David S. Bill III

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David S. Bill III is a retired Rear Admiral in the United States Navy.

Biography[edit]

Bill is a native of Norfolk, Virginia.[1] His father was a Captain in the Navy, his grandfather was U.S. Representative Winder R. Harris.[2]

Career[edit]

Bill graduated from the United States Naval Academy in 1966. He would serve aboard the USS John King (DDG-3) before being deployed to serve on River Boats in the Vietnam War, where he made 150 combat patrols in the Mekong Delta, was wounded in action, and received the Bronze Star for valor.

Later, he was assigned to the USS Joseph P. Kennedy, Jr. (DD-850) and the USS Talbot (FFG-4) before being assigned to the Caribbean and attending the Royal Naval Staff College in England. He was then assigned to United States Naval Forces Europe before being named Executive Officer of the USS Coontz (DDG-40).

From 1981 to 1983, he was stationed in Gaeta, Italy as Flag Secretary to the United States Sixth Fleet. In 1984, he took command of the USS Mahan (DDG-42). Later, he became an instructor at Dam Neck, followed by assignment to the Aegis Combat System Program and later as Executive Assistant to the Commander, Naval Sea Systems Command. In 1988, he was assigned command of the USS Mobile Bay (CG-53).

During the Gulf War, Bill commanded the USS Wisconsin (BB-64). While in command he was responsible for the Tomahawk launches that started the war. Wisconsin fired over 350 16-inch rounds in support of allied ground forces and entrenched Iraqi troops. Several days before the start of the ground war, Wisconsin's bombardment of an Iraqi headquarters site on the Persian Gulf coast precipitated the premature destruction of numerous oil wells in Kuwait as a defensive measure against the anticipated ground attack by coalition forces. On February 23, 1991, the Wisconsin launched a Pioneer to Failaka Island, the Iraqi Armed Forces surrendered immediately before a shot was fired after realizing the Wisconsin's Pioneer had seen them.[3] This marked the first time enemy troops surrendered to an unmanned aircraft controlled by a ship.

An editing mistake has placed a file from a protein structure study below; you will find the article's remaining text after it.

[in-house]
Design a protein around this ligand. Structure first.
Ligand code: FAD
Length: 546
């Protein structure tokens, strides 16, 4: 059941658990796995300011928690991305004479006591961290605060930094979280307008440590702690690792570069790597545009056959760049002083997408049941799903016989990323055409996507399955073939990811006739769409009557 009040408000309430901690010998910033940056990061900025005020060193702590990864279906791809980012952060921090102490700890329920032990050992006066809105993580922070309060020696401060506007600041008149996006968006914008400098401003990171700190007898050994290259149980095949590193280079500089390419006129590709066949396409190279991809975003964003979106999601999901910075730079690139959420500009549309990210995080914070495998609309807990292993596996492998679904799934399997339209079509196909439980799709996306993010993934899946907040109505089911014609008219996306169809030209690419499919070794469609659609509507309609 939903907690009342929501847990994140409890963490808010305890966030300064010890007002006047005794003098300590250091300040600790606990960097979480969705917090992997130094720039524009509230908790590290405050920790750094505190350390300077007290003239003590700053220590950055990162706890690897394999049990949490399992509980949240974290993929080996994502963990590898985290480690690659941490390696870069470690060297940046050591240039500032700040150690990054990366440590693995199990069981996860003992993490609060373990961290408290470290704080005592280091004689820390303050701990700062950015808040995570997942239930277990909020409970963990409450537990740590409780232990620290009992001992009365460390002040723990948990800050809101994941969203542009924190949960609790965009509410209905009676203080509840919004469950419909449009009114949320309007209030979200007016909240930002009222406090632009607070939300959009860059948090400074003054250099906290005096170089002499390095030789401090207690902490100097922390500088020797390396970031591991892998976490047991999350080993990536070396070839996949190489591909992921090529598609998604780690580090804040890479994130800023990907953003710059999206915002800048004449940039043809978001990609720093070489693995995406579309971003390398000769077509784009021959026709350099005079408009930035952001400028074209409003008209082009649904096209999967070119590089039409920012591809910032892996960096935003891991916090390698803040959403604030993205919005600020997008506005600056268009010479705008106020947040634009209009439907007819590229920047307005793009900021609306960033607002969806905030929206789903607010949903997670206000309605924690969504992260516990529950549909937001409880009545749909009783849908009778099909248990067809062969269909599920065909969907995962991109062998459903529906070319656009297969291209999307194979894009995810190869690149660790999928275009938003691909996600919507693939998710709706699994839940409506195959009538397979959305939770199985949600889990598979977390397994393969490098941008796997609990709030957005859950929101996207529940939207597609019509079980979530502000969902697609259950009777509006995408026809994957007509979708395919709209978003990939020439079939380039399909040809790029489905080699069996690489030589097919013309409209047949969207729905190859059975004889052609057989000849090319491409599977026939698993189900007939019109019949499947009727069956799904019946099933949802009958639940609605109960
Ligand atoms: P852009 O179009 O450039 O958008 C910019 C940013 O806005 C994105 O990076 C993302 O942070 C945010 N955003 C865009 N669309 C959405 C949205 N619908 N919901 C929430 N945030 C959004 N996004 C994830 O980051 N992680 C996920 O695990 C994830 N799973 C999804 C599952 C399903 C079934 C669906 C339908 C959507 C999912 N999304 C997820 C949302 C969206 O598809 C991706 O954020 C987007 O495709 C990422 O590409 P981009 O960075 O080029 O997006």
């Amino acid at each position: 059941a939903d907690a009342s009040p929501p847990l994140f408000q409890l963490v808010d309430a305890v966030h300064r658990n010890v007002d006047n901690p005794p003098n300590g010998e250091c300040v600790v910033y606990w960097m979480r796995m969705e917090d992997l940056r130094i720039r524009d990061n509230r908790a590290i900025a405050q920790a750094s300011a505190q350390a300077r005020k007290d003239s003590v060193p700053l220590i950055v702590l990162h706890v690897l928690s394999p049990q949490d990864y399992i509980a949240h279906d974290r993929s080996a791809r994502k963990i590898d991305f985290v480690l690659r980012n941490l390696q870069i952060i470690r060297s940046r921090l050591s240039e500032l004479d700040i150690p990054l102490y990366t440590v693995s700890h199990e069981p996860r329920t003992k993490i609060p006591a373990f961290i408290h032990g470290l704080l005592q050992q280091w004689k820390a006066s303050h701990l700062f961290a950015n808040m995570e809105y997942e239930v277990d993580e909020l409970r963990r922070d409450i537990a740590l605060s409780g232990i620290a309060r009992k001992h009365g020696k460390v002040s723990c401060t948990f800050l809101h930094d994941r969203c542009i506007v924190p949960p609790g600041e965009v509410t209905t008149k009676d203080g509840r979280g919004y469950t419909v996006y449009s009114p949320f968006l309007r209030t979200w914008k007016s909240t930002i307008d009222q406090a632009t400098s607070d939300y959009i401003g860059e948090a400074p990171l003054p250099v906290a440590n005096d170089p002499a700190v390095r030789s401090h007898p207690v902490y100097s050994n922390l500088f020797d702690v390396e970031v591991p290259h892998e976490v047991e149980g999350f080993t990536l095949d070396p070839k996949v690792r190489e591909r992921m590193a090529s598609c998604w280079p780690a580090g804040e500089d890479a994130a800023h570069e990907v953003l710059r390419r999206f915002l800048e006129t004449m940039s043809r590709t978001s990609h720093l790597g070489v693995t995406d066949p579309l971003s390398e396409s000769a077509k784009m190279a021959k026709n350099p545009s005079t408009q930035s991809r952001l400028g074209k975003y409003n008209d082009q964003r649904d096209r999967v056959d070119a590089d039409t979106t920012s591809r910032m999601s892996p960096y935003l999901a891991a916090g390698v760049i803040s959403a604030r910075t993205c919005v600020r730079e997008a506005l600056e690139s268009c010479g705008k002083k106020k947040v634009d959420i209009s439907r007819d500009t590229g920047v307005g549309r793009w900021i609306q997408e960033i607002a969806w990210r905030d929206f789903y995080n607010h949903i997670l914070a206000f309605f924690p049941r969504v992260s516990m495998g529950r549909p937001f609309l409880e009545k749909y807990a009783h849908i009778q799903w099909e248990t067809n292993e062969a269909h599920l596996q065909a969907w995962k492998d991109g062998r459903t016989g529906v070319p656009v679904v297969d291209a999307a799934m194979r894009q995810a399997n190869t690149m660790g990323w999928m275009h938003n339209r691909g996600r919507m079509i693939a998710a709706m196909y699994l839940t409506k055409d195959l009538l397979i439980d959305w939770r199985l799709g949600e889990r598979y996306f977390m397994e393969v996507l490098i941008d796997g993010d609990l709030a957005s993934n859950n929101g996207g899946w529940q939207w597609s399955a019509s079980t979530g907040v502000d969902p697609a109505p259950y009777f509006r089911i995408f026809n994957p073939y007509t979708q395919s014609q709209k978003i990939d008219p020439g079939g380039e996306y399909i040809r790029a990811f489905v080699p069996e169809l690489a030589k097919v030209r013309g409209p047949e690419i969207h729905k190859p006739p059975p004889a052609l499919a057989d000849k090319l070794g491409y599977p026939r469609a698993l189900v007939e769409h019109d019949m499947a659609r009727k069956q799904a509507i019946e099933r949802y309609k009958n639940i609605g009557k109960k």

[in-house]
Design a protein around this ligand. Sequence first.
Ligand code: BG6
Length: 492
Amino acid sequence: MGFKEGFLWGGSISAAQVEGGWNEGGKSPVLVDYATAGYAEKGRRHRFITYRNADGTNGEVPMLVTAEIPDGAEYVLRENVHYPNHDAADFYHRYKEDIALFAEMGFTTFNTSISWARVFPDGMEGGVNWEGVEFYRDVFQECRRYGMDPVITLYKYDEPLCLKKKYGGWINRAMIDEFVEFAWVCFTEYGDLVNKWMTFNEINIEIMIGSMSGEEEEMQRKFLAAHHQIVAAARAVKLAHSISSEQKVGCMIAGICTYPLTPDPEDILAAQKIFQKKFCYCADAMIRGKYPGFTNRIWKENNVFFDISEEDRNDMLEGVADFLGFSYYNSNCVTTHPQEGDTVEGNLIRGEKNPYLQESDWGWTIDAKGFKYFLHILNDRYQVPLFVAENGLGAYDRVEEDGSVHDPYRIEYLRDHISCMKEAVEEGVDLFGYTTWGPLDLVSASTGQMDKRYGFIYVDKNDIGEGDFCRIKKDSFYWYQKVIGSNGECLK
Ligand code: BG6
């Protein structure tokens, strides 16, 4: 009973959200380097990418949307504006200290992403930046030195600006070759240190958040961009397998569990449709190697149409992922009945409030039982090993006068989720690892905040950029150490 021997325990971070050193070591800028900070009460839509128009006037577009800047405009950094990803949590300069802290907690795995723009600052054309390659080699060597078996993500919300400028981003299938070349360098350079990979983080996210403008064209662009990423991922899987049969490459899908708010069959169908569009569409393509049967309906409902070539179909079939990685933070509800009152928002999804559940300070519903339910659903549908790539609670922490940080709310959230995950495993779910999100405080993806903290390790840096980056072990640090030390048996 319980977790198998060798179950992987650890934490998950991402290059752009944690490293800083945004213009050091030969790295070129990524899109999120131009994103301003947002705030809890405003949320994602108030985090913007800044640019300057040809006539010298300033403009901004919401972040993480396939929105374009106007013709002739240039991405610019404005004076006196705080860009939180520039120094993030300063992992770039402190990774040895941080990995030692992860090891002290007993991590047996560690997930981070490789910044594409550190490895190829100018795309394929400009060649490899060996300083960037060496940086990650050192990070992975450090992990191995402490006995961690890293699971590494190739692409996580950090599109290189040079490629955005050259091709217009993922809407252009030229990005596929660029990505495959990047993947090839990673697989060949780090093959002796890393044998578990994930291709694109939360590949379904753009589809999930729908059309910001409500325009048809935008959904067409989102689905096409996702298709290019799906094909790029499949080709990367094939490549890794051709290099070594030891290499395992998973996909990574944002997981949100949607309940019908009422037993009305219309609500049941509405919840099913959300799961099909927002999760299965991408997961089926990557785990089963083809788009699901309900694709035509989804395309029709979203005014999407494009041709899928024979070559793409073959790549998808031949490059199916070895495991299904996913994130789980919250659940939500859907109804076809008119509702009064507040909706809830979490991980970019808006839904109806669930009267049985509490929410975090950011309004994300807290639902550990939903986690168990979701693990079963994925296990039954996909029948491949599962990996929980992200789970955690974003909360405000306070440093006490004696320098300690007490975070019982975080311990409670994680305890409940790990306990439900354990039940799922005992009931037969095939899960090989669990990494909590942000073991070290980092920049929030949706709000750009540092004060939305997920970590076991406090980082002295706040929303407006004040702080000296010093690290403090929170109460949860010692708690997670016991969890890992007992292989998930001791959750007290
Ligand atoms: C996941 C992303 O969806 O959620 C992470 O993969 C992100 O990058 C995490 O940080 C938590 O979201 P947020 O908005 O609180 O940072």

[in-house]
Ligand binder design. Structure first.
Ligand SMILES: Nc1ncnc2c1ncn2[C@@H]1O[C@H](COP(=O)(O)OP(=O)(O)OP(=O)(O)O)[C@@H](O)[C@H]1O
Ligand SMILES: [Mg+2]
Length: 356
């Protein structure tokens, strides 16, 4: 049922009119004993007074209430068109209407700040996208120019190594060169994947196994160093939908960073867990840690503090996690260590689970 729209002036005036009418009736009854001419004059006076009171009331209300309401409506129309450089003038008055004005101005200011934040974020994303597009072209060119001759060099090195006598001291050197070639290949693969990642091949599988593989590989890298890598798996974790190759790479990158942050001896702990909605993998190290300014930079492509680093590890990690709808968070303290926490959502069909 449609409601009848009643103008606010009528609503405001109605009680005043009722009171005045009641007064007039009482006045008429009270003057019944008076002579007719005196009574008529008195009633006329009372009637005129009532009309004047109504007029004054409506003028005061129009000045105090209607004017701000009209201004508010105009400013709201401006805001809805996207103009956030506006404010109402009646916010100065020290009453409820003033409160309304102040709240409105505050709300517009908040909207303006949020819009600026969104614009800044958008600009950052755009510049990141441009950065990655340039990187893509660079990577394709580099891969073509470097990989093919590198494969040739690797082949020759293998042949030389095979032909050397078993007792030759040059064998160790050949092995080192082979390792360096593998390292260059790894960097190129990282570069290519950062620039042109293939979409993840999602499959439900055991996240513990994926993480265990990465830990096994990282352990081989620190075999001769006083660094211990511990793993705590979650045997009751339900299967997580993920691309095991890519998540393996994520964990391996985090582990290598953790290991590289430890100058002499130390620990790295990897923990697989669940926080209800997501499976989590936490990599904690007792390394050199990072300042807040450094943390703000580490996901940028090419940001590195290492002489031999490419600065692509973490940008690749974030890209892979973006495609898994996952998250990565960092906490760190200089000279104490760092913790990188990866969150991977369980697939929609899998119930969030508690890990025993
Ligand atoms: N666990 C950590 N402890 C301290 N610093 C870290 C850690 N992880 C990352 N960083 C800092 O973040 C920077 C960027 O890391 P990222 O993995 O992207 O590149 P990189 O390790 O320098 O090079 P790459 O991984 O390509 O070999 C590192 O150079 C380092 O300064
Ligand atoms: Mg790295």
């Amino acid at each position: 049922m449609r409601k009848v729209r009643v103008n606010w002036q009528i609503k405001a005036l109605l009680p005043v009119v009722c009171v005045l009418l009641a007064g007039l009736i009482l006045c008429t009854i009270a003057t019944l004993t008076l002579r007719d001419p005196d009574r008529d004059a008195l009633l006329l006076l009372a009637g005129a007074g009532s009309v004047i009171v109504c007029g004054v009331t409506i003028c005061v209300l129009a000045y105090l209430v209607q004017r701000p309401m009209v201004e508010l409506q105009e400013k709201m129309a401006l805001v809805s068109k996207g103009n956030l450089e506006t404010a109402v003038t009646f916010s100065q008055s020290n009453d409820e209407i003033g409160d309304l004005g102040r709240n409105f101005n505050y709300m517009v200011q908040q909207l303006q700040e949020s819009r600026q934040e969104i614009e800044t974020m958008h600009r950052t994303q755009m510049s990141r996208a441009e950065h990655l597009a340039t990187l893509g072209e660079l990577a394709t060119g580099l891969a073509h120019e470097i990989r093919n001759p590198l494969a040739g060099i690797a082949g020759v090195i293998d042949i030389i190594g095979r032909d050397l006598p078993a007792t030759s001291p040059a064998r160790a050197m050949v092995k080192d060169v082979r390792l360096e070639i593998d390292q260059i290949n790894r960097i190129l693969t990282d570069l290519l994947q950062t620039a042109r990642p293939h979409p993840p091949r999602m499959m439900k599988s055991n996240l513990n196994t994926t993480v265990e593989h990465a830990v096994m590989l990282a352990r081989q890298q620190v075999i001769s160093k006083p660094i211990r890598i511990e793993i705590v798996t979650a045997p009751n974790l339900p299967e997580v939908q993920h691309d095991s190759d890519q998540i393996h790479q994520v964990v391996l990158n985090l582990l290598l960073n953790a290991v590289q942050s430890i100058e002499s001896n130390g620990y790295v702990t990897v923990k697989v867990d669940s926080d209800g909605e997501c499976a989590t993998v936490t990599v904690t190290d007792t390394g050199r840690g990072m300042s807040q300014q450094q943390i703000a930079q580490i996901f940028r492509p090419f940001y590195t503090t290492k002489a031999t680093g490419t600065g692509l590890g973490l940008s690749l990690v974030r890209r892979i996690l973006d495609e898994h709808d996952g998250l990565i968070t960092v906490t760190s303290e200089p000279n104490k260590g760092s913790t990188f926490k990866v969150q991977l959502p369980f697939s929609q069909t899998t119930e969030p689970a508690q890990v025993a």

Selected for Flag Rank during the first Gulf War, Admiral Bill subsequently served on the staff of the Chief of the Chief of Naval Operations, was Operations Officer and then Deputy Commander Atlantic Fleet, Commander of Cruiser Destroyer Group Twelve, The USS Enterprise Battle Group, and Deputy Commander US Naval Forces Europe.

Awards he has received include a Defense Distinguished Service Medal, seven Legion of Merit, one award for combat valor, three Bronze Star Medal, the Purple Heart, the Meritorious Service Medal, the Joint Service Commendation Medal and the Combat Action Ribbon.

Retiring after over 32 years of active duty, Admiral Bill was Executive Director of a Development Company that created Cherokee Plantation in South Carolina and the Carnegie Abbey Club in Newport, RI. He held a Chair at the Naval Postgraduate School, was Executive Director of the Naval Postgraduate School Foundation, was CEO of a start up technology company, CEO of the Northern California Golf Association and currently sits on several privately held company boards.

References[edit]

  1. ^ "Commanding Officers". USS Wisconsin (BB-64) Association. Retrieved 2011-05-22. 
  2. ^ "David Bill Jr.". Sikeston Standard Democrat. Retrieved 2011-05-22. 
  3. ^ "Pioneer Short Range (SR) UAV". Federation of American Scientists. Retrieved 2011-05-23.